by Iulian Fruntașu

“Cultural diplomacy” is a term very frequently used by political scientists and communication experts; although used so often, some important nuances escape because of the   continuously evolving phenomenon, closely related to both diplomacy and policies in the field of culture, creative industries, and tourism. The idea of public and cultural diplomacy is closely related to the concept of country brand. Its development finds itself among the preoccupations of several countries, aiming at promoting an image of subtle power (soft power), opposed to military power (hard power). 

The Republic of Moldova, had no structured approach to cultural diplomacy, at legislative and executive level; the political class inherited the outdated idea that culture can’t represent a priority for the state budget; this did not prevent many of the high officials from appreciating the achievements of Moldovan artists abroad, from decorating them, from using that inherent transfer of positive image of officials and politicians.

Furthermore, the current achievements of the Republic of Moldova in the field of cultural diplomacy are largely determined by private initiatives of artists and by the support provided by external donors, such as USAID (through the programs managed by CEED/Chemonics) and the foreign missions in Chișinău, such as the Embassies of Sweden and Switzerland. Artists such as Geta Burlacu or Trigon traveled abroad to be present at our country’s promotion events, their projects benefited of the support of the authorities, including the Embassies of the Republic of Moldova to the host-countries, but the financial support was granted by donors. These activities had the full support of diaspora communities, they were often accompanied by Moldovan wine tastings; the impact on the local population was reduced. 

In the context of support policies for culture, there have been and there are, at present, activities that are aimed at creating an artistic and cultural environment that would make manifestation possible. For example, there is a certain dimension of funding of cultural projects from the state budget, there is a program to support the publishing of Moldovan authors, etc. But they address the local cultural consumption, this being also the case of the national festivals and concerts are attracted world renowned Moldovan- born artists, such as soprano Valentina Naforniță or violinist Iulian Gârneț. 

To what extent the indigenous cultural environment generates talents that could be the ambassador of culture abroad is a difficult discussion because, despite an obvious connection, objectives differ. The Republic of Moldova does not have an own Cultural Institute and the necessity of such an institute is still disputed.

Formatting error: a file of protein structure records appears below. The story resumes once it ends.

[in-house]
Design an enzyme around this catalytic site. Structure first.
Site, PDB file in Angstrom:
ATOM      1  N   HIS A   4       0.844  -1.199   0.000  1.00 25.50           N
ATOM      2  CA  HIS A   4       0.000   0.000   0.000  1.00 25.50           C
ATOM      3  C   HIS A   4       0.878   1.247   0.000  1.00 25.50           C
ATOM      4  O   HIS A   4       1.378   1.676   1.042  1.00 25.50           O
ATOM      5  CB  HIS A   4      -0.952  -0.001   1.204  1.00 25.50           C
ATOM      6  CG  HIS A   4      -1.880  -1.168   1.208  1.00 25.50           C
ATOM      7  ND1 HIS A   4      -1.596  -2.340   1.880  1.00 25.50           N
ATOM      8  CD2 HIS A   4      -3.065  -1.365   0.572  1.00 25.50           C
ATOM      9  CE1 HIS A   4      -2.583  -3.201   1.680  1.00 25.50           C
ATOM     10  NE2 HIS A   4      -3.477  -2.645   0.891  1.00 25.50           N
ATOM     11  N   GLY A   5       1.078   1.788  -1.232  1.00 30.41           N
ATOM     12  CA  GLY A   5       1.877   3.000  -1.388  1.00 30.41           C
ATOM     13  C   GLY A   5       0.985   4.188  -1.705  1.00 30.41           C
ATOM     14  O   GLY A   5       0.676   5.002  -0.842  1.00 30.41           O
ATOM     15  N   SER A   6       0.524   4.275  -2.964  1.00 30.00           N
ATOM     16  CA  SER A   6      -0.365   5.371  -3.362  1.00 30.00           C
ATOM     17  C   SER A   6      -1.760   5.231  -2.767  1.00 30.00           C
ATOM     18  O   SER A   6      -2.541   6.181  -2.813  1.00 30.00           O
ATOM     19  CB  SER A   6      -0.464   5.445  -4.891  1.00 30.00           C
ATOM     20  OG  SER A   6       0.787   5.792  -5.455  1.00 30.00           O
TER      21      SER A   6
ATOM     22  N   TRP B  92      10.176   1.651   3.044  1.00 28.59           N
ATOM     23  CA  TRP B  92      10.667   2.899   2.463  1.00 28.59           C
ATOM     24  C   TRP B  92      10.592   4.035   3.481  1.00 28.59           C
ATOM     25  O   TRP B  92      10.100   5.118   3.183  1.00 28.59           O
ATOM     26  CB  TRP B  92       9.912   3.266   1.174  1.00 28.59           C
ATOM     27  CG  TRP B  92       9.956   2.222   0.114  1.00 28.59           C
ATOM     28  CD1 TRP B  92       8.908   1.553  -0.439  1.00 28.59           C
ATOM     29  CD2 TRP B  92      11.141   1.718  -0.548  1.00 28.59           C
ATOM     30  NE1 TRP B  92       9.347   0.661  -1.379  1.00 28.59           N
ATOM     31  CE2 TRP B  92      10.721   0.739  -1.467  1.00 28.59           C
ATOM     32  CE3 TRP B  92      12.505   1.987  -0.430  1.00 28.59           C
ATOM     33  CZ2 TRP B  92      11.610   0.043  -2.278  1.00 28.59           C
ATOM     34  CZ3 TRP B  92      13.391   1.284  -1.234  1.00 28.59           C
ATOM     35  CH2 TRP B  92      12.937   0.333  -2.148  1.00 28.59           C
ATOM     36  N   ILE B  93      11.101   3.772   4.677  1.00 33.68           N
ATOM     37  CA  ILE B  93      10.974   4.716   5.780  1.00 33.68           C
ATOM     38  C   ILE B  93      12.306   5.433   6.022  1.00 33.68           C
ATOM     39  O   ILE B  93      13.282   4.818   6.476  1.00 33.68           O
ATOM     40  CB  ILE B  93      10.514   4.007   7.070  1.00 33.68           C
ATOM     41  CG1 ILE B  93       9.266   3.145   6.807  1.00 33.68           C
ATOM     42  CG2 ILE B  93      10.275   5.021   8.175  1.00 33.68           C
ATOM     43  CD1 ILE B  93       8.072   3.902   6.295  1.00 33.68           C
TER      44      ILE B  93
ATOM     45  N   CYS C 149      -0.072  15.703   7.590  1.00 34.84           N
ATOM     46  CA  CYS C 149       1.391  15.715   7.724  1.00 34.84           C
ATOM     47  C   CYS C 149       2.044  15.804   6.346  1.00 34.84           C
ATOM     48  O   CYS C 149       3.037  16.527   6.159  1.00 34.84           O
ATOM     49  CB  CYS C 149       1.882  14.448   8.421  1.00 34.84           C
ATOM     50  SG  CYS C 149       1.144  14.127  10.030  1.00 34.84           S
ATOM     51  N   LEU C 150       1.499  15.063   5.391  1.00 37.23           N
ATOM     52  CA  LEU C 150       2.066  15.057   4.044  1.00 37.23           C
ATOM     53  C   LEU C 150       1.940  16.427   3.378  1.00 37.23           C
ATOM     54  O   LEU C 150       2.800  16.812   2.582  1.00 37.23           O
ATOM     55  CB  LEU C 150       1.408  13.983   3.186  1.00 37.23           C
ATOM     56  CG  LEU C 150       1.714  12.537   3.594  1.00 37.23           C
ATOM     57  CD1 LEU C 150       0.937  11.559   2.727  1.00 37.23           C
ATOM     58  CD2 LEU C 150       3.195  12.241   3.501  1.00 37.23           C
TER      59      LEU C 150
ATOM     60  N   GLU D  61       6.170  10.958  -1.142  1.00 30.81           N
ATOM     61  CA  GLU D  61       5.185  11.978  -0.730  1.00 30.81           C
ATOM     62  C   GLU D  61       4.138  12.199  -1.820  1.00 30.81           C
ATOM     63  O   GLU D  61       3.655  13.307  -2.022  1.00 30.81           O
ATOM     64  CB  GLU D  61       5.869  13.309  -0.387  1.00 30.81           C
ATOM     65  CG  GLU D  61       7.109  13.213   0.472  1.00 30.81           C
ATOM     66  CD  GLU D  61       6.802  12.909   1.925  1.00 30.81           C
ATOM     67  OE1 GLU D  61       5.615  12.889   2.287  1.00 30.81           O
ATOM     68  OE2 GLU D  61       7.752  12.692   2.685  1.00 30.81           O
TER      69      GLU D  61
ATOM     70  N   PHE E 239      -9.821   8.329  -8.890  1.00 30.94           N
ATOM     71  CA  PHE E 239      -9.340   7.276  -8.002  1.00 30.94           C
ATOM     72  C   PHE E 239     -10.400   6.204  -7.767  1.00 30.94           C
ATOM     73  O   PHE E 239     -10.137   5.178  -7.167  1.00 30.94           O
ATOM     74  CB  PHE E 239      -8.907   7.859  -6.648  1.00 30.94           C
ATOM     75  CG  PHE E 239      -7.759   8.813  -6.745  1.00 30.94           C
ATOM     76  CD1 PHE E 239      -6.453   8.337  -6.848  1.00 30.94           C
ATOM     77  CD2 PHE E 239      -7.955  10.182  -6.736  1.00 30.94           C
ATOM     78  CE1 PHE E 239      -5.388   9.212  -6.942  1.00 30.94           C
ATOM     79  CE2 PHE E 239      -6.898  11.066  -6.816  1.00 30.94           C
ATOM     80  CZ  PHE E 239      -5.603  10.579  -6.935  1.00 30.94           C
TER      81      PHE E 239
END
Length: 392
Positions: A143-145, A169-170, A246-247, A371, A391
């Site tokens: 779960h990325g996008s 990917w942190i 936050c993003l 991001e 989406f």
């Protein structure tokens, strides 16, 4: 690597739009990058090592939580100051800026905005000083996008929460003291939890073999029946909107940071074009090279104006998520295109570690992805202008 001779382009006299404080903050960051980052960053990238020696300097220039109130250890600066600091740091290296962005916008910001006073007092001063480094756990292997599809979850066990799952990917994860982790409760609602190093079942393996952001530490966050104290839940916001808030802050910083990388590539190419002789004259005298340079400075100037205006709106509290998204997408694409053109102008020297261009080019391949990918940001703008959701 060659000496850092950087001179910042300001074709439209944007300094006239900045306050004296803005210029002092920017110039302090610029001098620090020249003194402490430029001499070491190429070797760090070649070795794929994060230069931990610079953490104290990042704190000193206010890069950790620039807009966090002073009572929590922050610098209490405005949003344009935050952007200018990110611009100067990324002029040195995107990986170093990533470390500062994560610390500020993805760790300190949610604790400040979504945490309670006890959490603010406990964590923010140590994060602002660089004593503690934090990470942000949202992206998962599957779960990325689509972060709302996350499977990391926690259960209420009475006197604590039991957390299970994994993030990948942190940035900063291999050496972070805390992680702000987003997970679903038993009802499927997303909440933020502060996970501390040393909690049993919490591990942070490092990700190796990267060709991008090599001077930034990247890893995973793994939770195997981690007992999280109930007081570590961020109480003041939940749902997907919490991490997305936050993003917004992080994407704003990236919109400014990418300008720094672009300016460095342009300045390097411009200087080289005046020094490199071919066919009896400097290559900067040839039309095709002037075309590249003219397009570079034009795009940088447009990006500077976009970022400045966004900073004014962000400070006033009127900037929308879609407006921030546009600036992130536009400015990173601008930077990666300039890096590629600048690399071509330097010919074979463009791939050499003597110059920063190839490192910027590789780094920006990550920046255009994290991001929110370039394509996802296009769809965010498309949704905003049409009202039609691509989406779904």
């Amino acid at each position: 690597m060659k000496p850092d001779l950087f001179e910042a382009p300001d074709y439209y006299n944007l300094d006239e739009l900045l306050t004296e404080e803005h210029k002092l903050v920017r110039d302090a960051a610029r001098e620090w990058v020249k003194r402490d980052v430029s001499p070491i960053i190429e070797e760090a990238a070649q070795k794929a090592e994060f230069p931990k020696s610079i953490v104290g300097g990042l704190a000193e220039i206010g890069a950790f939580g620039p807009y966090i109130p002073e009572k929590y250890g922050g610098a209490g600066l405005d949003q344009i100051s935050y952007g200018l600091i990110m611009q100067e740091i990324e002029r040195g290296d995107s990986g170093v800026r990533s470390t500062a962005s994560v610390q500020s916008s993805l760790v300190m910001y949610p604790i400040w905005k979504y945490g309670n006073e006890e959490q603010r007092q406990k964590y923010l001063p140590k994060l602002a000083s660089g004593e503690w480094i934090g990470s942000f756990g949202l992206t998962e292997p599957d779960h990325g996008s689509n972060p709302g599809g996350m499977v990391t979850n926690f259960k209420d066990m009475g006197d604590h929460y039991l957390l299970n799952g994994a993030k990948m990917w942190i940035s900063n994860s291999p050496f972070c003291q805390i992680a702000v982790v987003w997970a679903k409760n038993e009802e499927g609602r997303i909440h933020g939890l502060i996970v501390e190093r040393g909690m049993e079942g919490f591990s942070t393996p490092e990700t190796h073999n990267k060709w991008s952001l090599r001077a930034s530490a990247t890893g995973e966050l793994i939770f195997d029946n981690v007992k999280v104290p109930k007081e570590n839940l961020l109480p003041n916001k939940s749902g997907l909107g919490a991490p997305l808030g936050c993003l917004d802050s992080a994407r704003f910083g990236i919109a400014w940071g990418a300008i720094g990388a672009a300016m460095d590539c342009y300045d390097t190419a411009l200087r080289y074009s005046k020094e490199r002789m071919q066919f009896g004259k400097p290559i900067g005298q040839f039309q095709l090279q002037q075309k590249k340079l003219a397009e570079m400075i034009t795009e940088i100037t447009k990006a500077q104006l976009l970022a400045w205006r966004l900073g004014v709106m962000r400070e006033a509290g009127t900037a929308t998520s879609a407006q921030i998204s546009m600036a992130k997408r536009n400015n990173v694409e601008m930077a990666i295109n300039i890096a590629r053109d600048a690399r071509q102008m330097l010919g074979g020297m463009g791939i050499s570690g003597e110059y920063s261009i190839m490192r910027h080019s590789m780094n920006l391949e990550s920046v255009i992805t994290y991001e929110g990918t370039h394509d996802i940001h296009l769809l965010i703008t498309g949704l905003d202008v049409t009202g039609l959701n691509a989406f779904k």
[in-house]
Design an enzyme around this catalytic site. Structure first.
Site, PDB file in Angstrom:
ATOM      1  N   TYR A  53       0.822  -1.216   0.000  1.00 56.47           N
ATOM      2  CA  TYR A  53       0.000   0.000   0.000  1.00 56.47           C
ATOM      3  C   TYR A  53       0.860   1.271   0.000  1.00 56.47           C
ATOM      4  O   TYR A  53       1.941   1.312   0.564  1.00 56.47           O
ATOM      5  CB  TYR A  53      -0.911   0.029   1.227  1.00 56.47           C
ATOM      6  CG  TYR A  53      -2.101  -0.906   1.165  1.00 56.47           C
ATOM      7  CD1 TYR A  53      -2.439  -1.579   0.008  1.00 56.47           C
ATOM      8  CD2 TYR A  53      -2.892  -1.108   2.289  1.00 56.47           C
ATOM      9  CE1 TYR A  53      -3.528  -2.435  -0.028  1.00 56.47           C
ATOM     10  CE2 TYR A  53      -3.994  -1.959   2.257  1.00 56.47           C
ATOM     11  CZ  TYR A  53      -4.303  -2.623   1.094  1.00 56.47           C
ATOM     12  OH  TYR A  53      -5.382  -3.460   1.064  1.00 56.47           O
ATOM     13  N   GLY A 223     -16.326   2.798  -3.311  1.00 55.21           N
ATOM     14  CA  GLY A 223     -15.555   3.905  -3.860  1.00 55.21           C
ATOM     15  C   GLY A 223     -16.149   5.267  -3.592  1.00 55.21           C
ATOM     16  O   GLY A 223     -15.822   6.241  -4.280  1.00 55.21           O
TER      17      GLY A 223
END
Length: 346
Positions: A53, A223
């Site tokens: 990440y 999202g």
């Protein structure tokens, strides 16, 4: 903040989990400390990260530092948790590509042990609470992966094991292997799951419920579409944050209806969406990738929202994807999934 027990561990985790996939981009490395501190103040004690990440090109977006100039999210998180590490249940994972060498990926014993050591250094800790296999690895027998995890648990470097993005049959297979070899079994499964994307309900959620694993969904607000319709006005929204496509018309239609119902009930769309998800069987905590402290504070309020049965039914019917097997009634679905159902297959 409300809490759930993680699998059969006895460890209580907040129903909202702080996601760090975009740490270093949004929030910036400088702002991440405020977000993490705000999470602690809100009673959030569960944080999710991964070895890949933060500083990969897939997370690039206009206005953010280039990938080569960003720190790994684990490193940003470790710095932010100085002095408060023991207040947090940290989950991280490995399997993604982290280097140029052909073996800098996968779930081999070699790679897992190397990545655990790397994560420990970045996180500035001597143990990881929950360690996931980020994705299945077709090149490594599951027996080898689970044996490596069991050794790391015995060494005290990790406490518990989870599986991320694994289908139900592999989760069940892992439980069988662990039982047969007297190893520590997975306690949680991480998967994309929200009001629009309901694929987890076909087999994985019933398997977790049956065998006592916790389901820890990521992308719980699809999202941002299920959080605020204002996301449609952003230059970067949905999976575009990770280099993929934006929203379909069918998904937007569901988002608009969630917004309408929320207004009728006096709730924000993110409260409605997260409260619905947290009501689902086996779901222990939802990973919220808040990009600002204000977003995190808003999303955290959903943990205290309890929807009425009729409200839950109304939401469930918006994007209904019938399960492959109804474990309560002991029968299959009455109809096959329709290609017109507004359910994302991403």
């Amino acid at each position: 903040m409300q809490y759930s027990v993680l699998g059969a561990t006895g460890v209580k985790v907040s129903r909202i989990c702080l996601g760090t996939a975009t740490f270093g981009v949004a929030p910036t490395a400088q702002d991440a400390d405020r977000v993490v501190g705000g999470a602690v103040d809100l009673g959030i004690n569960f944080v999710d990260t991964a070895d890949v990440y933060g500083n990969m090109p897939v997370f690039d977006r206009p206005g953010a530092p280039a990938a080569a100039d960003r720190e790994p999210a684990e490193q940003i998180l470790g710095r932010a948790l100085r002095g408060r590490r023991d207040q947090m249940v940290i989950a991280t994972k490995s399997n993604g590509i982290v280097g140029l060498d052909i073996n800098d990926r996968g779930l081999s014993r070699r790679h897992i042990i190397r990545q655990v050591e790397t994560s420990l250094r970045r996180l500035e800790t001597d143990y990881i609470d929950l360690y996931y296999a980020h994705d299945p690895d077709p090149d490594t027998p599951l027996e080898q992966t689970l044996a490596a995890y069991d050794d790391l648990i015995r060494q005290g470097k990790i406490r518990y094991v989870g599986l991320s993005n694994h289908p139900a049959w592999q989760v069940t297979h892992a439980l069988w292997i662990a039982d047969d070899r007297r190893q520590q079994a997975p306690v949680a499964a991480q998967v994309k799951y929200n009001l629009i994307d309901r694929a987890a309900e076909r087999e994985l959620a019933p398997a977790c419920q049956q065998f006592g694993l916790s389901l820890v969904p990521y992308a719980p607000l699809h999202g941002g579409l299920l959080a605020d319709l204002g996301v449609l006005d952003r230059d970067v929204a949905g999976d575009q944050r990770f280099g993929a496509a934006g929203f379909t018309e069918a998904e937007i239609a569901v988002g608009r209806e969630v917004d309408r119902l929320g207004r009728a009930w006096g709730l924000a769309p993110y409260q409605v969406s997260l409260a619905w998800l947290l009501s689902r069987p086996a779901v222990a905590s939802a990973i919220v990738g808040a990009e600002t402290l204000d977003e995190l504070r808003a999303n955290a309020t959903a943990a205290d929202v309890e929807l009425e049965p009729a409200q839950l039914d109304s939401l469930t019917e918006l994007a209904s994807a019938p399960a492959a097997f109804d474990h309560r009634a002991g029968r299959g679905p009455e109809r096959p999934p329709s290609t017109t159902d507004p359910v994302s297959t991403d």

Moldovan officials seem unable to understand the potential impact of a campaign or a of the promotion of an artist and this blocks any attempt of institutionalized promotion. The worldwide scene decides on who are the valuable artists, issued from genuine competition, and only aposteriori, authorities would decide to grant support and promotion. The test of international competitiveness is perhaps the only benchmark when financial means are insufficient. Music groups like Ozon (their successors), Zdob și Zdub, Alternosfera, Carla’s Dreams, the soprano Valentina Naforniță, violinists Alexandra Conunova, Ilian Gârneț, as well as  Moldovan graduates of the “Whitgift” school in London, and other artists from various fields, not only musically, could have been nominated ambassadors of culture, could have even be offered diplomatic passports. They could have been involved in concrete projects outside the country, their CDs, their recordings, reproductions of their works, etc., could be used as presents offered by Moldovan diplomats to their to counterparts, etc. Most of the artists who have obtained international recognition would be generous and would accept to contribute to the cultural promotion of the Republic of Moldova. 

From an institutional point of view, however, the most natural action would be to use the Romanian Cultural Institute’s expertise in terms of cultural diplomacy, contributing financially to the RCI budget and designating a vice-president on behalf of the Republic of Moldova. Romanian culture on both banks of the Prut River would only benefit from the unification of cultural and educational policies and institutions, using the relevant institutional expertise and promoting Romanian artists who would consolidate both the image of Romania and the Republic of Moldova, as countries with very talented people, open to international collaboration. 

* The opinions expressed in this article do not necessarily represent the position of the Romanian Cultural Institute, but exclusively the opinions of the author.